Pence is articulate and smart and personable. I honestly enjoyed listening to him during the VP debates. He can make convincing arguments and, unlike Trump, doesn’t come off as a fumbling just-woken-up three-year-old who accidentally walked into the living room late at night while the adults were trying to have a conversation about politics. While Trump is on record as wanting to grab women’s pussies, Pence is all gentlemanly charm with his shy smile and quiet demeanour. Trump’s the loud misogynist boor you were warned about; Pence is the sweet, dangerous frat boy you didn’t even see coming.
If you believe I’m fear-mongering, bitter about the results, or are unable to understand why so many Americans are deeply and justifiably worried right now, take a look at just a few of the many right-wing policies he has been behind. This isn’t hyperbole, this is real.
While Trump has never seemed able to make up his mind (contradictory statements), ultra-religious Pence has always been very clear on the issue. As Governor of Indiana he decimated access to abortion, has talked about how he longs for the day Roe v Wade is “sent to the ash heap of history,” once jailed a woman who had had a miscarriage, slashed Planned Parenthood, closed clinics, and as a result was responsible for a major HIV outbreak in his state. He even signed a law this past year requiring burial or cremation for aborted fetuses. This is the man who will have Trump’s ear for four years and will be largely influential in appointing anti-abortion Supreme Court Judges. Make no mistake, Pence gave Trump the conservative legitimacy that allowed many Republicans to vote for him.
In 2015, he signed the Religious Freedom Restoration Act allowing individuals or corporations to be able to cite religious beliefs for refusing, for example, to serve same-sex couples, wanted to ban marriage equality, and even signed a bill to jail same sex-couples for applying for a marriage license. He also feels that, instead of spending federal money on battling HIV, it should be spent on conversion therapy for gays seeking to change their sexual behaviour. This is the guy Americans elected for their VP, a man who thinks you can pray the gay away.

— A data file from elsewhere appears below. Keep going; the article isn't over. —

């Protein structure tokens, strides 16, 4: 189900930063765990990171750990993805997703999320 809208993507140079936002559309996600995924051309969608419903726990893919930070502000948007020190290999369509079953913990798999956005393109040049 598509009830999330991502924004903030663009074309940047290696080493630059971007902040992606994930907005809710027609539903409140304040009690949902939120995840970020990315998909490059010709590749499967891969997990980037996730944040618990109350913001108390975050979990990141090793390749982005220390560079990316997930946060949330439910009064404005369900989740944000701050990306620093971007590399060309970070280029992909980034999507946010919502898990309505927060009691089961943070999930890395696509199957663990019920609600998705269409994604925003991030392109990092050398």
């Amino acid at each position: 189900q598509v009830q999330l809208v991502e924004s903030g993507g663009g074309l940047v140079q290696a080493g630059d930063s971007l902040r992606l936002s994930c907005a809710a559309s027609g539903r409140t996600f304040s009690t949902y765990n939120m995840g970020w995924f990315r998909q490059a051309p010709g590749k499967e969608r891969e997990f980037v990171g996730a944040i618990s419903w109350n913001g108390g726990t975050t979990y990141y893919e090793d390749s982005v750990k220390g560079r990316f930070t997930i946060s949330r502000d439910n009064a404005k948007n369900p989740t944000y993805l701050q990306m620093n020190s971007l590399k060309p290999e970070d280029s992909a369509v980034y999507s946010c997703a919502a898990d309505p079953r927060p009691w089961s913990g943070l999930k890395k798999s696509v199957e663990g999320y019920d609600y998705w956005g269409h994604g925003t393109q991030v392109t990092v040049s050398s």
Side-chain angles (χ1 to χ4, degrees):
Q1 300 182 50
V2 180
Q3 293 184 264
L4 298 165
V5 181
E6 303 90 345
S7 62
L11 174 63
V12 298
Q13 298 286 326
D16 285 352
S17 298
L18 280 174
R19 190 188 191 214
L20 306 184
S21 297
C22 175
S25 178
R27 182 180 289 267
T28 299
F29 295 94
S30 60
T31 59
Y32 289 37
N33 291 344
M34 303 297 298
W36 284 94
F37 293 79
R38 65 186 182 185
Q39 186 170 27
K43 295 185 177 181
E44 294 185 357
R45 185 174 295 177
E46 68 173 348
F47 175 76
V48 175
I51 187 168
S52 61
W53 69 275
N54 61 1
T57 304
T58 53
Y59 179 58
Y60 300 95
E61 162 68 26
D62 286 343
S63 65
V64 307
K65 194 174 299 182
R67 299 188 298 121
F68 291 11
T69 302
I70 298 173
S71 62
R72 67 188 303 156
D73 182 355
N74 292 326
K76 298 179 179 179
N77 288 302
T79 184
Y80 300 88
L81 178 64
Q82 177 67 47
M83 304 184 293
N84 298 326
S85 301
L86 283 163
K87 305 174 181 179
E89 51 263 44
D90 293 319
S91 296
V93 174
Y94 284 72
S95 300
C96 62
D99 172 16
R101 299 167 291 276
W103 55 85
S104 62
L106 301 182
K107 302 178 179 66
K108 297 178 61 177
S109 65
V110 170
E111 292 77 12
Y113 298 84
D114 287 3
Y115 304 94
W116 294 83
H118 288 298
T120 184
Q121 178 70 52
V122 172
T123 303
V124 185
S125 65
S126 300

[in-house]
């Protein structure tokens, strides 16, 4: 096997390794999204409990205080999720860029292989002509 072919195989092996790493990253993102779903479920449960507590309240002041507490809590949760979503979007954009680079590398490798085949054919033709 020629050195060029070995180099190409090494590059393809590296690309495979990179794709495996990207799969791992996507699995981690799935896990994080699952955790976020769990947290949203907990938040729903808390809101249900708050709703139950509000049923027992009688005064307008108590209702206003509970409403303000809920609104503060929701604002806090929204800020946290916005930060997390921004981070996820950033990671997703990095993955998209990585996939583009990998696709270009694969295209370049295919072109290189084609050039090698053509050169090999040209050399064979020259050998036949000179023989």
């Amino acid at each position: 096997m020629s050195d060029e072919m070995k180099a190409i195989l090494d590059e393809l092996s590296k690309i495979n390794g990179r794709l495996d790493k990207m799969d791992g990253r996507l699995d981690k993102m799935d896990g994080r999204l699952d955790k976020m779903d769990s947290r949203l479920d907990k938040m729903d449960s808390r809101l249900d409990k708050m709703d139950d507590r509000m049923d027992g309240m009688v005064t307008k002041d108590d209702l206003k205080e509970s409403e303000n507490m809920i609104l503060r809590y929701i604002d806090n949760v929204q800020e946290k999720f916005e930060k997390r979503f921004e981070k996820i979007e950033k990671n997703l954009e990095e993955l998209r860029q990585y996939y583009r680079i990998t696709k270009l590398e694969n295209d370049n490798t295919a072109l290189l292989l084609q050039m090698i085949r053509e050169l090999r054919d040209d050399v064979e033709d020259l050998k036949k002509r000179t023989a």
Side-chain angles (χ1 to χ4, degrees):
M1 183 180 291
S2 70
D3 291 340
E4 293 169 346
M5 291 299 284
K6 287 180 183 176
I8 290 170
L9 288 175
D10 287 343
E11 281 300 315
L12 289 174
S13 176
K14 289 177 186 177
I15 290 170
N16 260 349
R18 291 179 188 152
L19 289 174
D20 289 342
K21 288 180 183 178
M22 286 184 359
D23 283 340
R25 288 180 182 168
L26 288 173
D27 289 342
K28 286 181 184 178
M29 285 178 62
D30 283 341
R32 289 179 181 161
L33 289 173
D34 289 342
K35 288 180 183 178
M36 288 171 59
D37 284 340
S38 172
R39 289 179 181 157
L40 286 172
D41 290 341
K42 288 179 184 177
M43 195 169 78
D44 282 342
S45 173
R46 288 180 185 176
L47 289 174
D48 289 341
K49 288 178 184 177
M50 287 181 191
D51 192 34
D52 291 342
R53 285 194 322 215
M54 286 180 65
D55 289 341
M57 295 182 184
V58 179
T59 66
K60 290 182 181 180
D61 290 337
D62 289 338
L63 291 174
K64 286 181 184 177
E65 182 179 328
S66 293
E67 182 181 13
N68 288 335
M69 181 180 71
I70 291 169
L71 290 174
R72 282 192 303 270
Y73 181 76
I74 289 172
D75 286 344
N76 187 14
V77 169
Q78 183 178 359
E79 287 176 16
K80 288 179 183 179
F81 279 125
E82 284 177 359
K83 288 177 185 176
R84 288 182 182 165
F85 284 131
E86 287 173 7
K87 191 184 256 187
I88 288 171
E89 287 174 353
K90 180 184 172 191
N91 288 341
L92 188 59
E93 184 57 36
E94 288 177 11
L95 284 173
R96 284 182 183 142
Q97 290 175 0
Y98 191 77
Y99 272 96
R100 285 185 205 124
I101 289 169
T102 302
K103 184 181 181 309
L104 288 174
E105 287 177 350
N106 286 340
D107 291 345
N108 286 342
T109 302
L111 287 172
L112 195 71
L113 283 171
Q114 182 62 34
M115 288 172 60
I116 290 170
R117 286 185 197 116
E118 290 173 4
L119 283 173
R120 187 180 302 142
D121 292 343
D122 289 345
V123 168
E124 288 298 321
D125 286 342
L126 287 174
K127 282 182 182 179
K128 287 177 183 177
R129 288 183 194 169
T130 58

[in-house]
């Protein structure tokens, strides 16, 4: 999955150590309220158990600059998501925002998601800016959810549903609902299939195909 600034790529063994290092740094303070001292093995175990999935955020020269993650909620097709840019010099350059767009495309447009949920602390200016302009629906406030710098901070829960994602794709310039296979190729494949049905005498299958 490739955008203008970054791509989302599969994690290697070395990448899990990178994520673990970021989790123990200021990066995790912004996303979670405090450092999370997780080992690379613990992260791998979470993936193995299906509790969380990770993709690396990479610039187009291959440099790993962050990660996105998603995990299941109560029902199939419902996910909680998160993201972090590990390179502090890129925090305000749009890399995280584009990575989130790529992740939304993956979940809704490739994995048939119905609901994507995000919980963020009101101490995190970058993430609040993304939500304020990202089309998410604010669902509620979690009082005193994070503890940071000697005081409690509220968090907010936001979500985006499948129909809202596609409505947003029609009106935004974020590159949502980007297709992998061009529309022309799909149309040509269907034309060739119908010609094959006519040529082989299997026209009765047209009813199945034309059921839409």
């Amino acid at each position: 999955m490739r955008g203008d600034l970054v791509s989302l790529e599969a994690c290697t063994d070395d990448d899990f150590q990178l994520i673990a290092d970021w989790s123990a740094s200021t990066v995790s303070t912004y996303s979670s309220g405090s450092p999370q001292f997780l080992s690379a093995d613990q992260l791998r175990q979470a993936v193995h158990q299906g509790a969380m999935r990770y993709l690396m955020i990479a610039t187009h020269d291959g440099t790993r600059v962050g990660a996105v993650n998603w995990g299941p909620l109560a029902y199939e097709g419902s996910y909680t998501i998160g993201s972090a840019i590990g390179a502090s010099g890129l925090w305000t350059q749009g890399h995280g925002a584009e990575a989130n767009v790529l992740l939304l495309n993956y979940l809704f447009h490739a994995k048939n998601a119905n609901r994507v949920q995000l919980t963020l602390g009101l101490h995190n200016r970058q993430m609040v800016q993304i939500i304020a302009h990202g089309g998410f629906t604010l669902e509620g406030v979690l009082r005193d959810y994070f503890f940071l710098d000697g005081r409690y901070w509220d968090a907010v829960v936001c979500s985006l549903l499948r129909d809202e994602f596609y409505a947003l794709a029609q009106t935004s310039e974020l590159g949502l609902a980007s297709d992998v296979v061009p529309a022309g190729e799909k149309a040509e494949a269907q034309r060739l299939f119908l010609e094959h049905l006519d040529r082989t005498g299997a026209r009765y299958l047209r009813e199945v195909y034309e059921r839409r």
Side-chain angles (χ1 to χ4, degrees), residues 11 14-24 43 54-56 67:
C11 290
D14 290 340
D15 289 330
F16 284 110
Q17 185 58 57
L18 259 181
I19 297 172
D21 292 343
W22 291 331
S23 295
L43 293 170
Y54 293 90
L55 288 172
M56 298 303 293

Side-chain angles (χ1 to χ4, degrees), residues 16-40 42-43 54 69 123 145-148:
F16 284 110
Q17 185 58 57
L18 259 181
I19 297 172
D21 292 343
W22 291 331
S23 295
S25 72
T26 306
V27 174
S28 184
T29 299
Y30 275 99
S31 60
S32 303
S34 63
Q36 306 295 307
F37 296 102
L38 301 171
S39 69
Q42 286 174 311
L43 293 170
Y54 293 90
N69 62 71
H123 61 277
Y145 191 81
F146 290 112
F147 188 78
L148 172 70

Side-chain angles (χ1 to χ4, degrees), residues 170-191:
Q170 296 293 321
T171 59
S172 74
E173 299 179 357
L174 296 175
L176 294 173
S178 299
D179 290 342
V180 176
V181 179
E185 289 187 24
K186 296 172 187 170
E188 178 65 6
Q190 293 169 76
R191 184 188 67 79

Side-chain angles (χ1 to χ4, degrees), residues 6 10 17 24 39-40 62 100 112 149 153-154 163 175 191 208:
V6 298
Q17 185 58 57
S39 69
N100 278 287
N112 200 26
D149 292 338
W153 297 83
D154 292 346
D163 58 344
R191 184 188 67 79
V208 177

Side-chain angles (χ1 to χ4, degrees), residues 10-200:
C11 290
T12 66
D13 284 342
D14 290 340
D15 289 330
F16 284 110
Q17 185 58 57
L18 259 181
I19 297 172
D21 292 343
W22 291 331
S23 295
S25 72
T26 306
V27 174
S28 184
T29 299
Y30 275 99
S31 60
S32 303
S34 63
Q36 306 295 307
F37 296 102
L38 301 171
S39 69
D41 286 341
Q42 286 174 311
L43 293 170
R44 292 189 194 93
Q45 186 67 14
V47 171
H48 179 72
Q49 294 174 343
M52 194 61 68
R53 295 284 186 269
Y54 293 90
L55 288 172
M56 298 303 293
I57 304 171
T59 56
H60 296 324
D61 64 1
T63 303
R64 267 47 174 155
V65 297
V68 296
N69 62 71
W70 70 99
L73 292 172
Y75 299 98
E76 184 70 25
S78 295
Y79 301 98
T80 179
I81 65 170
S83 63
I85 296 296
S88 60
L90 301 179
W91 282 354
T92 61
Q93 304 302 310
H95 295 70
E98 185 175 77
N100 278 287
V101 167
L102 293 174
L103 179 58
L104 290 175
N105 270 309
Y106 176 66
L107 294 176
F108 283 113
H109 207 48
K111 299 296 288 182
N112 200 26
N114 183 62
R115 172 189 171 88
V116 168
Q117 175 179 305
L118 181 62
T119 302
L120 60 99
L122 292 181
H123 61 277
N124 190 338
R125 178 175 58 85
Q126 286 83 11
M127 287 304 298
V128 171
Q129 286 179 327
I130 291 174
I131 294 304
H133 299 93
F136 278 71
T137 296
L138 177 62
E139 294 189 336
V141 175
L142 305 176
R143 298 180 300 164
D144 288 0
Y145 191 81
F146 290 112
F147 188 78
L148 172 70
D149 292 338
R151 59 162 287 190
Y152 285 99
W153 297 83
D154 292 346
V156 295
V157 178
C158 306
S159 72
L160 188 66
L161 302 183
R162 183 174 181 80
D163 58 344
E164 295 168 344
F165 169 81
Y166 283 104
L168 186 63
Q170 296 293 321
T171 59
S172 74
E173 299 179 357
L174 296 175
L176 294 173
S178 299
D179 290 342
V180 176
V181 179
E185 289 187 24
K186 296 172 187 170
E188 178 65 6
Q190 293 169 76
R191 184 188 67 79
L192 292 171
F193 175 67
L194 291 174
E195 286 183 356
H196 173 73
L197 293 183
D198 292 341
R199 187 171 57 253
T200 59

Pence has consistently been against raising the minimum wage and expanding healthcare for low-income children, he has supported deporting undocumented children, he has voted against any attempts at environmental legislation, he doesn’t believe in regulating greenhouse gases, is a big fan of offshore oil drilling, a fan of creationism, doesn’t think that smoking can kill (that pesky science ruining our fun again), has not been a big supporter of public education, and totally agrees with Trump that a wall needs to be built.
So while Trump may be all distasteful bark, I think Pence will be the one with the dangerous bite. And while I know there is a system of checks and balances in place, now that the Republicans control both the Senate and the House of Representatives, and with an unpredictable President sitting in the Oval Office, allow me and many others to worry.
I plan to continue worrying for the next four years. Hell, I may even start praying – and I’m an atheist.